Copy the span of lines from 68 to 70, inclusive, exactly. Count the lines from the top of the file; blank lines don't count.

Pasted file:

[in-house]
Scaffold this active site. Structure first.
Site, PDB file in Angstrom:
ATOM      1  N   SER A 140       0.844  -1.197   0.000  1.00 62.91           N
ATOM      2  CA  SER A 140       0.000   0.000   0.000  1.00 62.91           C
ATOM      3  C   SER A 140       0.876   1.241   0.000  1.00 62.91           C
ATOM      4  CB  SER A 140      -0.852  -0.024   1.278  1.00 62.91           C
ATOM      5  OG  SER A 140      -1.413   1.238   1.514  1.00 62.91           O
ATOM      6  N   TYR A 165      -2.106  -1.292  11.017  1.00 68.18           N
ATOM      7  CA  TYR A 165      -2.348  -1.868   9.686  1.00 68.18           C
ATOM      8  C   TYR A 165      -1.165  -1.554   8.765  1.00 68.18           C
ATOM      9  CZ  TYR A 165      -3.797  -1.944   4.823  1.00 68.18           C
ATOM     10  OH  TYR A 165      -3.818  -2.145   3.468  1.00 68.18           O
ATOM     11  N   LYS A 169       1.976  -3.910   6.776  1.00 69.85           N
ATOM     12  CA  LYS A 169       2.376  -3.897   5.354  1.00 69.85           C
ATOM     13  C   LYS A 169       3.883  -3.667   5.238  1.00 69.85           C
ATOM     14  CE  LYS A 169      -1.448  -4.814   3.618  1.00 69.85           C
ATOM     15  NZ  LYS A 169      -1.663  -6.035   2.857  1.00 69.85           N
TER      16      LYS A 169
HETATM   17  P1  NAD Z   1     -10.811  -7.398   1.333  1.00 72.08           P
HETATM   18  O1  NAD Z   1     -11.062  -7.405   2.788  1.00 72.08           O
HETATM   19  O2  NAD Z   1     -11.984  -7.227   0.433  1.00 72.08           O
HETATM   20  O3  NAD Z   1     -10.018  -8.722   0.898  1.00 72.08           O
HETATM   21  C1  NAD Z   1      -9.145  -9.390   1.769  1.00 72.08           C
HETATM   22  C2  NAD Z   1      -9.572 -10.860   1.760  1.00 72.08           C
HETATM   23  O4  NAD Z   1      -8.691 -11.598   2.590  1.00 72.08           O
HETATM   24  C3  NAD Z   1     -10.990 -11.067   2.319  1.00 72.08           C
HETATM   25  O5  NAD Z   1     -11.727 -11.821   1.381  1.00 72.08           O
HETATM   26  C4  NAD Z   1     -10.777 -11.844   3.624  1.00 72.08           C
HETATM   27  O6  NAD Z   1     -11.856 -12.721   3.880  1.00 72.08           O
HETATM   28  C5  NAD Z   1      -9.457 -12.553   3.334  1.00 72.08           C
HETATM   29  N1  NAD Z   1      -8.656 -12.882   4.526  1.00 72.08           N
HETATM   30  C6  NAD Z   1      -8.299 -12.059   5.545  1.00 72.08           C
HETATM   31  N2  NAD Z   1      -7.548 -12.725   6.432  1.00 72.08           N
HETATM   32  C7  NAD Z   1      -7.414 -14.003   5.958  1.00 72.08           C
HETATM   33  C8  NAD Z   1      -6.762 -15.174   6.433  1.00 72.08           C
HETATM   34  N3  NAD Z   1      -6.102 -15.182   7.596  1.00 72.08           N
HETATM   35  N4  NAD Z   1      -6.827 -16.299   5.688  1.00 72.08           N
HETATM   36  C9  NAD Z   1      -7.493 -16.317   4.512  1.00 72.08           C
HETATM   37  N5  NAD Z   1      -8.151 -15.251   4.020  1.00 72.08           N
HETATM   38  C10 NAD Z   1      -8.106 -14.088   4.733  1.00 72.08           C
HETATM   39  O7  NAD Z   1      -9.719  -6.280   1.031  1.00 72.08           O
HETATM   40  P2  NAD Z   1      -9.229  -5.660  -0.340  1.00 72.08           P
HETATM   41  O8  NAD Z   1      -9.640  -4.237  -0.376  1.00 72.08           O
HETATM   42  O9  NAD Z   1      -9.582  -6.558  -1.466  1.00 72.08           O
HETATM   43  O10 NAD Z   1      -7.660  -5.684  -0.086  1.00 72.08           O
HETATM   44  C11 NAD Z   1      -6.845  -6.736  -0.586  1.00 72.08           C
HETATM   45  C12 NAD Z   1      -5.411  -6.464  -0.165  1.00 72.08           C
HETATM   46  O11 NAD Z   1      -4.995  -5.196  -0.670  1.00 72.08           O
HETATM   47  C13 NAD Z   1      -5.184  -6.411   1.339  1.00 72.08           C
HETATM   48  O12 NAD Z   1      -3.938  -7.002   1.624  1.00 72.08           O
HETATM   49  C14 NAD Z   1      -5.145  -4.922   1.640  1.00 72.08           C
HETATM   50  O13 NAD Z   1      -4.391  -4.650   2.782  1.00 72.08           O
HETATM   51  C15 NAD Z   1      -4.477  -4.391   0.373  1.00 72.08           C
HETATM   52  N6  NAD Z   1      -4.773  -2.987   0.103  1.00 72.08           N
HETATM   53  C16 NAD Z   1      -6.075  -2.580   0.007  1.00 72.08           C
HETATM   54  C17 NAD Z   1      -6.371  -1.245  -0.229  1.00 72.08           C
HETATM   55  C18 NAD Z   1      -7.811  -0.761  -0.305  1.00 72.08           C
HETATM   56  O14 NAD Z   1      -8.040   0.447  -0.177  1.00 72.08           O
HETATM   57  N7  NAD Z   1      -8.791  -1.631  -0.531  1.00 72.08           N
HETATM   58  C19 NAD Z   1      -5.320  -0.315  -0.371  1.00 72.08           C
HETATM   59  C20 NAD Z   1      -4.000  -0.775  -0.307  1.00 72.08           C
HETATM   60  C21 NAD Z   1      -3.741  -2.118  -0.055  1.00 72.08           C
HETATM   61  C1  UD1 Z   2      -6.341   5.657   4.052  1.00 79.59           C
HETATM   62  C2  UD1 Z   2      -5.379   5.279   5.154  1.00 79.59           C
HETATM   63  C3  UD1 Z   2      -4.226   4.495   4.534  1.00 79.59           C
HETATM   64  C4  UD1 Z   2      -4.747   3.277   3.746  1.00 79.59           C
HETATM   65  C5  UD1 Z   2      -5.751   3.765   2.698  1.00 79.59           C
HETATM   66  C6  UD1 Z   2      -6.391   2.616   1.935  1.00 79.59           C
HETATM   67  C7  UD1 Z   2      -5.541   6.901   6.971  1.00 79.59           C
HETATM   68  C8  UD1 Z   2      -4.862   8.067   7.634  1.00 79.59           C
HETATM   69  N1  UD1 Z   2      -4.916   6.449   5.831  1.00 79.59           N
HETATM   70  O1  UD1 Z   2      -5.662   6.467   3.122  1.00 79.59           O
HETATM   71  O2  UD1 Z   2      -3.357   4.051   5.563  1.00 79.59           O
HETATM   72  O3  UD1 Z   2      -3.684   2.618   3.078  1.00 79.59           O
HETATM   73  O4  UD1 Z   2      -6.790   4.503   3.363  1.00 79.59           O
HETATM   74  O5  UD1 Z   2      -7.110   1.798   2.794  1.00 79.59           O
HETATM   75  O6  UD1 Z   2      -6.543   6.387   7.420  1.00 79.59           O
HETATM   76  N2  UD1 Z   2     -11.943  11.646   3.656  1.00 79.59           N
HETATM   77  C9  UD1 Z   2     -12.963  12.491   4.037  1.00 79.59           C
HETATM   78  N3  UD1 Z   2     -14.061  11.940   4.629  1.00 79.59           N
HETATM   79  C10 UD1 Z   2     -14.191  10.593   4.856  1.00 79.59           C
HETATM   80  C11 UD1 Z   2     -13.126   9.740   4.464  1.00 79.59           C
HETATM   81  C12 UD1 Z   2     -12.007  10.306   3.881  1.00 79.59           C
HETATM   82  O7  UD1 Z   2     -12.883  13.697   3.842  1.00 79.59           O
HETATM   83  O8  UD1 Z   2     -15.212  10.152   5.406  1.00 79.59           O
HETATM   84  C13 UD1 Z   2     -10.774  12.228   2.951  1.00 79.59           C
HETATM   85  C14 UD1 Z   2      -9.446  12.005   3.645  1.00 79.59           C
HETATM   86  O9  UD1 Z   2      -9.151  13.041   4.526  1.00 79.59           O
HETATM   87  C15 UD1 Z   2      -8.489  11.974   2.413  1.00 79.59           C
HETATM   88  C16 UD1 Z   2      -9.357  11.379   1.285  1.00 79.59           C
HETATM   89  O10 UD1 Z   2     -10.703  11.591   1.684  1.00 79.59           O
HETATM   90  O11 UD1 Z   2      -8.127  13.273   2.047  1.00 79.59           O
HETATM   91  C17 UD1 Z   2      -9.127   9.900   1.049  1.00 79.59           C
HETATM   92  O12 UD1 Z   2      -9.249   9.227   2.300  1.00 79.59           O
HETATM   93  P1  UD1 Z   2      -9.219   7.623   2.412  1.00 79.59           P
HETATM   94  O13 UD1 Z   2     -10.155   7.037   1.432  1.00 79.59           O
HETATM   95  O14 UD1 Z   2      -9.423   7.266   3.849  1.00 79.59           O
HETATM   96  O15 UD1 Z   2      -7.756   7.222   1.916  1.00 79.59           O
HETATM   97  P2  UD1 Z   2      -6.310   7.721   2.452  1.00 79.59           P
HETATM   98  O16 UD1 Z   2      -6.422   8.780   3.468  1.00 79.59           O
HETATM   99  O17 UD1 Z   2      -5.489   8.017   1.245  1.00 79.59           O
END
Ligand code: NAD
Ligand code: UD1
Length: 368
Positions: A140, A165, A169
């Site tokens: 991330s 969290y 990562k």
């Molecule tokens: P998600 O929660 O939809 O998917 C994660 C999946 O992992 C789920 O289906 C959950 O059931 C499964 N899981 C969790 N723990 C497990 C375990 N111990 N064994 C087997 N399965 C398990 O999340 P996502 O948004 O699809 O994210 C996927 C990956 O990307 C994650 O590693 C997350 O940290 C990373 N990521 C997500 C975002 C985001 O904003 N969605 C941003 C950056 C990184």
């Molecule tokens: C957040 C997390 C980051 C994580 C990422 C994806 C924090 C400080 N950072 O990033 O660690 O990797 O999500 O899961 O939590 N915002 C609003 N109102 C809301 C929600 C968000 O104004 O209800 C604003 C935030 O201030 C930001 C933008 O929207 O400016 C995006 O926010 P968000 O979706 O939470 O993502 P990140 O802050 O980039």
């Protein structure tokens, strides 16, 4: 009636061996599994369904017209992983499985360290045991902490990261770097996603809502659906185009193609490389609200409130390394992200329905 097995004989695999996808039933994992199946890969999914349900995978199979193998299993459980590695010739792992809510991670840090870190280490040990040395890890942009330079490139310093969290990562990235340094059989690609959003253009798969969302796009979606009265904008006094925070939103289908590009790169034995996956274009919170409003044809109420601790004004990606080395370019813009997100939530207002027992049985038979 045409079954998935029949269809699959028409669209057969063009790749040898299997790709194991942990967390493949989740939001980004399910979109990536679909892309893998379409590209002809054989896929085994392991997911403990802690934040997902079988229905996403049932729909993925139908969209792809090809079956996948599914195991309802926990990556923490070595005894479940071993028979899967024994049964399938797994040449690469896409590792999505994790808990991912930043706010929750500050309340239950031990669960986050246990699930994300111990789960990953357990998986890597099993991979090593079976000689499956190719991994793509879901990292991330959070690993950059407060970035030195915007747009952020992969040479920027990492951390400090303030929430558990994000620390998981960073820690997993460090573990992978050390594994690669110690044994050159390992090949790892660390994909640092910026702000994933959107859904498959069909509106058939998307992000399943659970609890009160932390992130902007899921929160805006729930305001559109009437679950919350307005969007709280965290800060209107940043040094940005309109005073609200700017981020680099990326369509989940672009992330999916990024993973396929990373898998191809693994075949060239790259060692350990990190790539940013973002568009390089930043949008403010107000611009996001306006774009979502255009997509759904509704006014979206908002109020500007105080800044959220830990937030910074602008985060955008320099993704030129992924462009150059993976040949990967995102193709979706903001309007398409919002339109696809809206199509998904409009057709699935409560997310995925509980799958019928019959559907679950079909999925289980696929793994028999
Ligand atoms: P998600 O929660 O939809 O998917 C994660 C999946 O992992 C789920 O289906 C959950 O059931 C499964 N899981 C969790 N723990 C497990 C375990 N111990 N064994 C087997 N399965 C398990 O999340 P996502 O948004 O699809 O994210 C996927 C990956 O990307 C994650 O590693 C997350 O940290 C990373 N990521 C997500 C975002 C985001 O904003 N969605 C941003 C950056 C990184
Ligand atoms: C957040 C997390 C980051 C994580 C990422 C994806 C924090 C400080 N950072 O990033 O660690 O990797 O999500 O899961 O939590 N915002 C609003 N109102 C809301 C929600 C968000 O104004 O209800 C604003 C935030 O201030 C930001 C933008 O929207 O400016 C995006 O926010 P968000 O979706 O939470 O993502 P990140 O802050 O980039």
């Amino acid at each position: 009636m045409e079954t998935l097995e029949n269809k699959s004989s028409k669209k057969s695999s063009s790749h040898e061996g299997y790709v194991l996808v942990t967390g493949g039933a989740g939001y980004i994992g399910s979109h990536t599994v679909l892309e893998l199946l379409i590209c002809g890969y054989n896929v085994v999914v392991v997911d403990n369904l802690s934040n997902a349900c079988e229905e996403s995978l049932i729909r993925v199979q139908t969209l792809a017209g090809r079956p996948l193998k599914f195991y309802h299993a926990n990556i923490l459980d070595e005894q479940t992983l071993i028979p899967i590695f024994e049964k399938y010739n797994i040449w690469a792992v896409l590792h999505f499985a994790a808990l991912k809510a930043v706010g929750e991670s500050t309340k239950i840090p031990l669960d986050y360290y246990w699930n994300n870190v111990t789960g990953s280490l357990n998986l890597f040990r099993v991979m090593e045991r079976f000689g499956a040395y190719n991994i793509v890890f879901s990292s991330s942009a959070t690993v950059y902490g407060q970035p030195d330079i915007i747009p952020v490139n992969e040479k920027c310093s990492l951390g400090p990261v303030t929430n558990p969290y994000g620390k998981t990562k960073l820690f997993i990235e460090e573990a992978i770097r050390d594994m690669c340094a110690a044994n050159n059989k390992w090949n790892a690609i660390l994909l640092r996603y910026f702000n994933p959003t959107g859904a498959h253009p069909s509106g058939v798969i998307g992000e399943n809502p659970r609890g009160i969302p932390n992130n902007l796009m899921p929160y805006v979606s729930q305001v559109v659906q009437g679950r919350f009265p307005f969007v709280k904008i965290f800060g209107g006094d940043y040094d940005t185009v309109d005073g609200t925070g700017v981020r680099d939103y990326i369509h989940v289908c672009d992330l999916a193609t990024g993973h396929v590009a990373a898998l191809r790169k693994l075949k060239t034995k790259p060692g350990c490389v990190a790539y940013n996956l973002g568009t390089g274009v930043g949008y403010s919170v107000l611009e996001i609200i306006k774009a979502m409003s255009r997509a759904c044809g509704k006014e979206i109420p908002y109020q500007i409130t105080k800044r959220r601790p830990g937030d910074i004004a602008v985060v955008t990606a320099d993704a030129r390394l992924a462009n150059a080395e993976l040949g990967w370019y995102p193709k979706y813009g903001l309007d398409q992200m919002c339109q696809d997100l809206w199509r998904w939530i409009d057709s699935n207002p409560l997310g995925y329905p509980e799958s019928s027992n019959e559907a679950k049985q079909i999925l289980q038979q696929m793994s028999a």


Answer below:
HETATM   65  C5  UD1 Z   2      -5.751   3.765   2.698  1.00 79.59           C
HETATM   66  C6  UD1 Z   2      -6.391   2.616   1.935  1.00 79.59           C
HETATM   67  C7  UD1 Z   2      -5.541   6.901   6.971  1.00 79.59           C